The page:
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Adaptive Strategies of Frogs to Wintering Temperatures on the Holarctic North Margins

   First of all, the North is interesting for biologists because of its extreme conditions, which restrict penetration of many organisms, and, due to this fact, the species diversity is known to be not numerous there. It also refers to terrestrial cold-blooded animals, whose life totally depends on external temperature, as, for example, amphibian. Nevertheless, some of amphibians “burst” into the Subarctic and even the Arctic.

   Schematic map of the area in the Holarctic inhabited by brown frogs (filled with dots): common frog, moor frog, Siberian wood frog, Dybovsky’s  frog and wood frog.

   Among the tailed amphibians only the Siberian Salamander (Salamandrella keyserlingii), tolerating temperatures down to -55⁰C, colonized almost all North Asia and some part of the European territory. At the same time, frog areals compose northern border of the Holarctic. It is formed by the wood frog (Rana (Lithobates) sylvaticus) in North America, the common frog (Rana temporaria), the moor frog (R. arvalis), the Siberian wood frog (R. amurensis) and the Dybovsky’s frog (R. dybowskii) in Eurasia. Studying of their adaptive strategies in the North, which is absolutely extrinsic landscape area for this class, is one of the research spheres of the laboratory of Biocenology in our Institute.

   The mentioned amphibians have no universal strategy in relation to methods of low temperatures surviving. Each species could escape them going into water during severe time periods. However, the majority of species, except for the Siberian Salamander and the North American wood frog, wintering ashore only, are known to hibernate both in water and on the shores. Studying of the amphibian hibernation conditions outside water, especially in cold regions, is rather time-consuming. It’s for a reason that literature supplies a lot of data about findings of the hibernating animals in the anthropogenic conditions (wells, cellars, vaults, basement of haystack, etc.), whereas the descriptions of such findings in nature are rare. That is why the laboratory staff took a different approach to the problem: they studied the most possible cold hardiness of only three frog species mentioned above (the common, Siberian wood and Dybovsky’s frogs). That approach allowed making a conclusion about the ability or inability to tolerate low negative temperatures, i.e. to winter both ashore and in water or just in water. By the start of the experiment two species of frogs from the most northern ones had been known to survive freezing -16⁰C – R. (L.) sylvaticus and -10⁰C – R. arvalis and winter ashore.

   The common, Siberian wood and Dybovsky’s frogs appeared to survive only small negative temperatures and die during freezing. The Siberian wood frog is an inhabitant of the extreme winter regions of North Asia, penetrating along the valleys of the Yana, Omolon and Lena to 69-71⁰ NL. It can tolerate temperature only above -1.5⁰C for a long time (10 days), i.e. it’s cold hardiness corresponds to that of more “southern” species (the common and Dybovsky’s frogs). However, unlike the two latter, R. amurensis is active under  -1…-1.5⁰C. It can move even without disturbance. Only R. amurensis survived without loss (50-60% individuals of other species died) under -2.5⁰C during 3 days, but a 10-day period under that temperature was fatal almost for all exemplars of the Siberian wood frog.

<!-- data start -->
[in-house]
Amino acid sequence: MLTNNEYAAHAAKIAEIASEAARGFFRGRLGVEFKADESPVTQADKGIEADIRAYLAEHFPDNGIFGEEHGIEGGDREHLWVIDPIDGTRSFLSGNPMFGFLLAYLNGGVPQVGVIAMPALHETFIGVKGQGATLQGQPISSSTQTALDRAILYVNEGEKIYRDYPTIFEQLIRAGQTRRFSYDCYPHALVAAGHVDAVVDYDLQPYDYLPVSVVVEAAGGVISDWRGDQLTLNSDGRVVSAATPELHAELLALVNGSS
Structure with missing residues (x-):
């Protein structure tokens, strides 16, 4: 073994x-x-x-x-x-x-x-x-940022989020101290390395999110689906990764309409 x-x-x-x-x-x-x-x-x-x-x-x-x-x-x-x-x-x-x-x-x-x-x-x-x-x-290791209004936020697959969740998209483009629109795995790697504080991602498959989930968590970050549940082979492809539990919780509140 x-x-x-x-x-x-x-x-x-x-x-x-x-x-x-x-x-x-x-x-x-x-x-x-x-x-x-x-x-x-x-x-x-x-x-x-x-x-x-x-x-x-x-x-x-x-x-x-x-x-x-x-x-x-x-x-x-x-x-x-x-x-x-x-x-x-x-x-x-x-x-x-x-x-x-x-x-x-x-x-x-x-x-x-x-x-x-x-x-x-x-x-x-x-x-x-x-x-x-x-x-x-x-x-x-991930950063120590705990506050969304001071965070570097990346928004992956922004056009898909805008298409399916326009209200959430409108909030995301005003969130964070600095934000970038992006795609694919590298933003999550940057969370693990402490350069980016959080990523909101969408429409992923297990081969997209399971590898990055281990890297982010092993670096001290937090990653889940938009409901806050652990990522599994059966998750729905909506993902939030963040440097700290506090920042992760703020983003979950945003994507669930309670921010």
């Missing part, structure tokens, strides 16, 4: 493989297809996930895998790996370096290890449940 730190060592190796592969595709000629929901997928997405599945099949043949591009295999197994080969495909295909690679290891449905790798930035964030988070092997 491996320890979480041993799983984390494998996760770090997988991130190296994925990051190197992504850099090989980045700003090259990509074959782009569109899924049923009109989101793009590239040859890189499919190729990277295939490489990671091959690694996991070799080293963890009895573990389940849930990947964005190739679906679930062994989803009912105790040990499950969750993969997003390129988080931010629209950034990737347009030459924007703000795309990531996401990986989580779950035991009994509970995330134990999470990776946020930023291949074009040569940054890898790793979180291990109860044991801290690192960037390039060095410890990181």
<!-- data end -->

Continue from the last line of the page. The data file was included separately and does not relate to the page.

Low cold hardiness of the studied frogs evidences their inability (including R. amurensis , penetrating deep into the Subarctic and the Arctic of Asia) to survive winter outside the water basins. All of them use “passive adaptive way” (according to Chernov, 1984) during colonization of the northern territories. The ability to survive under small negative temperatures (down to -2…-2.5 ⁰C) and tolerate incomplete and short freezing is “helpful” for the common, Siberian wood and Dybovsky’s frogs living in the regions with mild winter (characterized by a short and weak cold spell). They freeze and die inevitably under the long freezing or lower temperatures.

   Though all the three studied species of the frogs turned out to have almost the same and low cold hardiness which forces them to winter in water in the northern regions, their areals are crucially different. It is evident, that the character of geographic distribution of the common, Siberian wood and Dybovsky’s frogs is not connected with cryoresistance and is apparently determined by a number of factors.

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Details of the study one can find in Adaptive strategies of the brown frogs (Amphibia, Anura, Rana) in relation to winter temperatures in the north Palaearctic (Berman D.I., Bulakhova N.A., Meshcheryakova E.N.// Zoologichesky zhurnal. 2017. V. 96, №11. P. 1392-1403).

 

The material is represented by N.A. Bulakhova